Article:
Review Article

The Older Adult Living With Chronic Lymphocytic Leukemia: Implications for Oncology Providers, Patients, and Caregivers

Sandra E. Kurtin, PhDc, ANP-C, AOCN®

The University of Arizona Cancer Center, Tucson, Arizona

Author’s disclosures of potential conflicts of interest are found at the end of this article.

Sandra E. Kurtin, PhDc, ANP-C, AOCN®, The University of Arizona Cancer Center, 3838 North Campbell Avenue, Tucson, AZ 85719. E-mail:

J Adv Pract Oncol 2017;8:113–122 | | © 2017 Harborside™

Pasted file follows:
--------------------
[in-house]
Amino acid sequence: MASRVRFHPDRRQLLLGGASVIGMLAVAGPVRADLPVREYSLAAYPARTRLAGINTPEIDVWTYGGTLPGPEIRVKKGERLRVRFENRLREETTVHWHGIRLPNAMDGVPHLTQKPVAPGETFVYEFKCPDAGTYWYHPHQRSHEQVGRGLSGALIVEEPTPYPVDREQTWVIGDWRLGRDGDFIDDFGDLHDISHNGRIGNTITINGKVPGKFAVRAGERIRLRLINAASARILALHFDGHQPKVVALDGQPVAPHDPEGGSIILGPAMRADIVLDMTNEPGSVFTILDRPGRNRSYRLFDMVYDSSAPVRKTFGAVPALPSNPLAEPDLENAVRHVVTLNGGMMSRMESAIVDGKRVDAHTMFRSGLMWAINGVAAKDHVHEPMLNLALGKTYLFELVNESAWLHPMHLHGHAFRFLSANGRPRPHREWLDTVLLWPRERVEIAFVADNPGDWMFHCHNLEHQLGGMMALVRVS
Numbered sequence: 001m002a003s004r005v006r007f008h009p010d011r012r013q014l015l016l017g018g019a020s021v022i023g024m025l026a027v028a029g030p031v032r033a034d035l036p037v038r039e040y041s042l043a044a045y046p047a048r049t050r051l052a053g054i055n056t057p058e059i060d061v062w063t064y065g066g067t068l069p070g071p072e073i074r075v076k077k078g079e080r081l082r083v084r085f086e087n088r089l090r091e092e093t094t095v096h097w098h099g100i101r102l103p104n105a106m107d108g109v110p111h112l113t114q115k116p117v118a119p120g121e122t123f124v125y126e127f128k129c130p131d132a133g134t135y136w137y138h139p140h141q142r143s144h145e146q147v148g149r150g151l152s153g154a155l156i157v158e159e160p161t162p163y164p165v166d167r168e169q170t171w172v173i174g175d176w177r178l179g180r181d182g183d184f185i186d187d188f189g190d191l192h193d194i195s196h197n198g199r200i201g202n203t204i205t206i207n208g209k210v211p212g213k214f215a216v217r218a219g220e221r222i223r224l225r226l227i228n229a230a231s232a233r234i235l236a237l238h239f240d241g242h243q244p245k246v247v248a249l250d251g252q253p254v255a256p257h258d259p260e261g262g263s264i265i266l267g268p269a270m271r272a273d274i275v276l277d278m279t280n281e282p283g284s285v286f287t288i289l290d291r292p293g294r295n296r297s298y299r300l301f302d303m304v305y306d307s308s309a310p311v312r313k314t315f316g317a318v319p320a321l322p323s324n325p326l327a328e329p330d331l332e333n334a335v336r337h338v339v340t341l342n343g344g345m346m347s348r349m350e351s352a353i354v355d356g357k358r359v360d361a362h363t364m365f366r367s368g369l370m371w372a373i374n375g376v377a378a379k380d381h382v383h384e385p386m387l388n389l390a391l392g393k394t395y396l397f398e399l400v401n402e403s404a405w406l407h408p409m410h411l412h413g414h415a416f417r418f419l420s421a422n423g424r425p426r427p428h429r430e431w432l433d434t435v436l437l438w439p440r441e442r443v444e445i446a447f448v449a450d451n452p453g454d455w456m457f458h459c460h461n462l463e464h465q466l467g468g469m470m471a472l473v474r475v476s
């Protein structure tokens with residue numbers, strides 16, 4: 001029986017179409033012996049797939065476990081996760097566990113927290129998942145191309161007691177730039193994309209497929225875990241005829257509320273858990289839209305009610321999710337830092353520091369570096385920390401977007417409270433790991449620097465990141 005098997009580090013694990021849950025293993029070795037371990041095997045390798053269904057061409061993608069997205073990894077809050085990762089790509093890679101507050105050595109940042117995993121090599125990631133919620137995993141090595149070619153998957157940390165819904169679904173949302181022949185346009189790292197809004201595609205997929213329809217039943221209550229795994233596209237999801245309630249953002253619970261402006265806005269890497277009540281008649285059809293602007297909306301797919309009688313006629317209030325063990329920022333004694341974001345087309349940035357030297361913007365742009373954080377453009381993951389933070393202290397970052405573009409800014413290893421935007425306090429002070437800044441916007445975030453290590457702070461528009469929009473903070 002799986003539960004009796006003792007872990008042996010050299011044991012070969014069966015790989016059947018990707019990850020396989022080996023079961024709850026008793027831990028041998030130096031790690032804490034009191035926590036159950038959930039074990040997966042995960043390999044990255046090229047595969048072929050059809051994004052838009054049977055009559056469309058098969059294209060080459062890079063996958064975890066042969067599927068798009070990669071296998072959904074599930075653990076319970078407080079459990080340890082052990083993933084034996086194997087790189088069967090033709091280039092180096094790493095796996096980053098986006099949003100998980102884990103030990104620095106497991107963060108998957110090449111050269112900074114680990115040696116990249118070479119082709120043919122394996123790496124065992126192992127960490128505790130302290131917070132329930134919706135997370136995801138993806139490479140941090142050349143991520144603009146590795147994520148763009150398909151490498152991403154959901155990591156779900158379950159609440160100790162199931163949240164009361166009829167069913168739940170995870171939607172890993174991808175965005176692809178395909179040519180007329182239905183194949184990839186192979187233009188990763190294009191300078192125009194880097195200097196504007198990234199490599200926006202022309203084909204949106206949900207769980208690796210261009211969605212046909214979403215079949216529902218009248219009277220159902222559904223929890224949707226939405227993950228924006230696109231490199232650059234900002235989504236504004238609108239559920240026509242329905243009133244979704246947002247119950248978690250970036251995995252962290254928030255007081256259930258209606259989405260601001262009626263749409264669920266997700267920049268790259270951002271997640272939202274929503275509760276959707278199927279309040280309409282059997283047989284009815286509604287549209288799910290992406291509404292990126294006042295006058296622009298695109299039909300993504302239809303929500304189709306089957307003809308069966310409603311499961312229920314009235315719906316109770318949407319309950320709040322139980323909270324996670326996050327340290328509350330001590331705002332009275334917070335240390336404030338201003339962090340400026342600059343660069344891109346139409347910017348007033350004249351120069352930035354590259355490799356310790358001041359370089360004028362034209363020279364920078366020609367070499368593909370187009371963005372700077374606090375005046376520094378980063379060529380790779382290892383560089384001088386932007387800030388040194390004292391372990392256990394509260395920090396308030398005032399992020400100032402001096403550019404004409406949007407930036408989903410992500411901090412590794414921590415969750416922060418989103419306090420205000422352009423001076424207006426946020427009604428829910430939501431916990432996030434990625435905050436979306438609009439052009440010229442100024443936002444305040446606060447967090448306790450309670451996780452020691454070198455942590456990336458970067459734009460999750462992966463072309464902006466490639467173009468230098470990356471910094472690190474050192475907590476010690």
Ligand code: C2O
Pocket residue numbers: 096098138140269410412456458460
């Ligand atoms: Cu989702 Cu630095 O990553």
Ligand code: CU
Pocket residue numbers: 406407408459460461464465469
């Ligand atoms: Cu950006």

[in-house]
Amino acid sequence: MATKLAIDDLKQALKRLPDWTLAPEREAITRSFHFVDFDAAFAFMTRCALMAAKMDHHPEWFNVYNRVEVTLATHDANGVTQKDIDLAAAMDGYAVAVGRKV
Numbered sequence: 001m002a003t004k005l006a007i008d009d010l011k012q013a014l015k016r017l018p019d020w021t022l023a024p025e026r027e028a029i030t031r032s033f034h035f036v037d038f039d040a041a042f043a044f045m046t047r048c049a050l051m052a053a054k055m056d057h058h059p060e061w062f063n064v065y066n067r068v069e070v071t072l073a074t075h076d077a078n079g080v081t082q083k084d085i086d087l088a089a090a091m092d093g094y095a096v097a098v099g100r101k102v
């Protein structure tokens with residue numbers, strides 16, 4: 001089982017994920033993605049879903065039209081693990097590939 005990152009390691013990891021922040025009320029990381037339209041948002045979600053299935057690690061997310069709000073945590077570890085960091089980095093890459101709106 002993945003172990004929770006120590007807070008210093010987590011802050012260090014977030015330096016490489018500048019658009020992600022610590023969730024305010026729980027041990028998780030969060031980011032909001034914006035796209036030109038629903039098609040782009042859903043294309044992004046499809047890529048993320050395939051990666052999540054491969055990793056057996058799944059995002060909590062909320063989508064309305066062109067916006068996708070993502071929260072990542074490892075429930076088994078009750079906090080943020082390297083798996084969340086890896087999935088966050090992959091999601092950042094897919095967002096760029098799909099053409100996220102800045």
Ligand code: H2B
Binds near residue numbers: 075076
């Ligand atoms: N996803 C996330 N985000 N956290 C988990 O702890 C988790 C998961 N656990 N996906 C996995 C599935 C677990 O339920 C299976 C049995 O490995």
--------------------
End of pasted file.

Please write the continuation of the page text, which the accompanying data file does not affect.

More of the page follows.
Chronic lymphocytic leukemia (CLL) is a disease most common in older adults, with a median age at diagnosis of 71 years. Chronic lymphocytic leukemia is considered an incurable but highly treatable disease, and it is characterized by varied trajectories, tempos, and prognosis based on disease attributes as well as patient attributes and access to care. Most patients still die from their disease. Therefore, a tailored approach to evaluation and treatment incorporating oncogeriatric principles with consideration of the individual patient and caregiver wishes and goals of care will be necessary to maintain health-related quality of life (HRQOL). A focus on living, staying well, engaging in health self-management, and becoming a partner in care offers the best hope for improved outcomes. The advanced practitioner in oncology is in a unique role to facilitate the development of care partnerships, carefully screen patients to account for comorbidities and other effects of aging, and apply risk-adapted treatment and supportive care strategies based on oncogeriatric principles. Preparing the patient and their caregivers for anticipated adverse events and educating them on not only how to report them promptly, but also any strategies for self-management, will facilitate continuation of therapies that may offer better control of the disease and ultimately improved HRQOL. The goals of this article are to highlight key elements of CLL survivorship and to provide the advanced practitioner in oncology with knowledge and resources that might improve the lives of both the CLL patient and their caregivers. 

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